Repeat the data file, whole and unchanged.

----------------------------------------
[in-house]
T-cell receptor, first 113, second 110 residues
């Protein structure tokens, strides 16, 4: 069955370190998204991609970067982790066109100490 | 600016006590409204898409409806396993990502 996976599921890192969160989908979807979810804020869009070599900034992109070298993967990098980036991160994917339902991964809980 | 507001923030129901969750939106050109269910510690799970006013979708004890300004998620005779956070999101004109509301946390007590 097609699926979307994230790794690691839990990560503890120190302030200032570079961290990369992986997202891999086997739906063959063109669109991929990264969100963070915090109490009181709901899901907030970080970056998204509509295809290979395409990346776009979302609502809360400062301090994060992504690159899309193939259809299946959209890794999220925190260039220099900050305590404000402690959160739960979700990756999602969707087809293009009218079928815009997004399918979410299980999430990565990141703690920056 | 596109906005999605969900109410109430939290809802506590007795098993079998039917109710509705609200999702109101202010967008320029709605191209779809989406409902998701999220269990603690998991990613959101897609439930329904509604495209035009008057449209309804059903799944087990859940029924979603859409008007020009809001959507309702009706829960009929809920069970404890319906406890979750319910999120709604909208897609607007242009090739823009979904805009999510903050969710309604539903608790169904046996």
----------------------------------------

[in-house]
T-cell receptor, first 113, second 110 residues
């Protein structure tokens, strides 16, 4: 069955370190998204991609970067982790066109100490 | 600016006590409204898409409806396993990502 996976599921890192969160989908979807979810804020869009070599900034992109070298993967990098980036991160994917339902991964809980 | 507001923030129901969750939106050109269910510690799970006013979708004890300004998620005779956070999101004109509301946390007590 097609699926979307994230790794690691839990990560503890120190302030200032570079961290990369992986997202891999086997739906063959063109669109991929990264969100963070915090109490009181709901899901907030970080970056998204509509295809290979395409990346776009979302609502809360400062301090994060992504690159899309193939259809299946959209890794999220925190260039220099900050305590404000402690959160739960979700990756999602969707087809293009009218079928815009997004399918979410299980999430990565990141703690920056 | 596109906005999605969900109410109430939290809802506590007795098993079998039917109710509705609200999702109101202010967008320029709605191209779809989406409902998701999220269990603690998991990613959101897609439930329904509604495209035009008057449209309804059903799944087990859940029924979603859409008007020009809001959507309702009706829960009929809920069970404890319906406890979750319910999120709604909208897609607007242009090739823009979904805009999510903050969710309604539903608790169904046996």